“Alfonso Cuarón on Children of Men” is a fascinating and rare interview with Abraham Riesman for Vulture. Riesman caught up with Cuarón in Mexico City where he is working on a new film.

Alfonso Cuarón has a knack for disappearing. The Mexico-born writer-director became one of the 21st century’s most acclaimed filmmakers after he helmed his 2001 odyssey of sex and social realism, Y Tu Mamá También, and the stunning 2004 franchise picture Harry Potter and the Prisoner of Azkaban. But after the troubled production and financial failure of his 2006 dystopian epic Children of Men, he more or less vanished from Hollywood, only to reemerge with a vengeance for 2013’s Gravity, which garnered seven Academy Awards, including Best Director. But after that, he once again vanished, eschewing nearly all interviews in recent years.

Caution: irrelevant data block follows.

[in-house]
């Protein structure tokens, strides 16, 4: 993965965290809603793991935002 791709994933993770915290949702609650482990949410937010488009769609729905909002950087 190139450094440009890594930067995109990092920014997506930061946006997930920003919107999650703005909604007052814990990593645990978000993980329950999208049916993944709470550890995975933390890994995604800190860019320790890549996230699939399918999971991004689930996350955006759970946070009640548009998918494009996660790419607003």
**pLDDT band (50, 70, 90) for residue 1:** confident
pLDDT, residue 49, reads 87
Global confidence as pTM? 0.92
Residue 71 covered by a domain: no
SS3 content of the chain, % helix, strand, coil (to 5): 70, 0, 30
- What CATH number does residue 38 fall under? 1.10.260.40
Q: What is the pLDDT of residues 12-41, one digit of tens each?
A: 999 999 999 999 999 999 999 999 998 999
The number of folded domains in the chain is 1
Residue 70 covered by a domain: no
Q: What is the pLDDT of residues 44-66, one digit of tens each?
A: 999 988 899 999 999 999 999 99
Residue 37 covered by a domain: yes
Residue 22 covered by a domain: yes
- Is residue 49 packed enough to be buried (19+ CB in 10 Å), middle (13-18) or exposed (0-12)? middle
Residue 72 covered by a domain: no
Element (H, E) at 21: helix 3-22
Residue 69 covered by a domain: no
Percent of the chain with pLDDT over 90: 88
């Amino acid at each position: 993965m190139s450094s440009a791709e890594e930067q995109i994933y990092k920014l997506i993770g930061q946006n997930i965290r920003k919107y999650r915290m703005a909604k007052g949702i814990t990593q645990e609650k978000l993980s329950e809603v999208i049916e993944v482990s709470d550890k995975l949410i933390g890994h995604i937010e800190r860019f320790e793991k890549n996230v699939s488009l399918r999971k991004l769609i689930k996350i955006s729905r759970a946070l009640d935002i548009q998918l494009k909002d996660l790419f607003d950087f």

The primary topic was Children of Men, but given that film’s ambitious attempt to seek the meaning of life and the reasons why societies fail, it’s unsurprising that the conversation was wide-ranging. Over lunch, dessert, and many glasses of chia fresca, Cuarón touched on everything from climate change and Picasso’s Guernica to his frustrations with Universal Pictures and the global rise of right-wing populism…  Read the complete interview with Alfonso Cuarón on Vulture.

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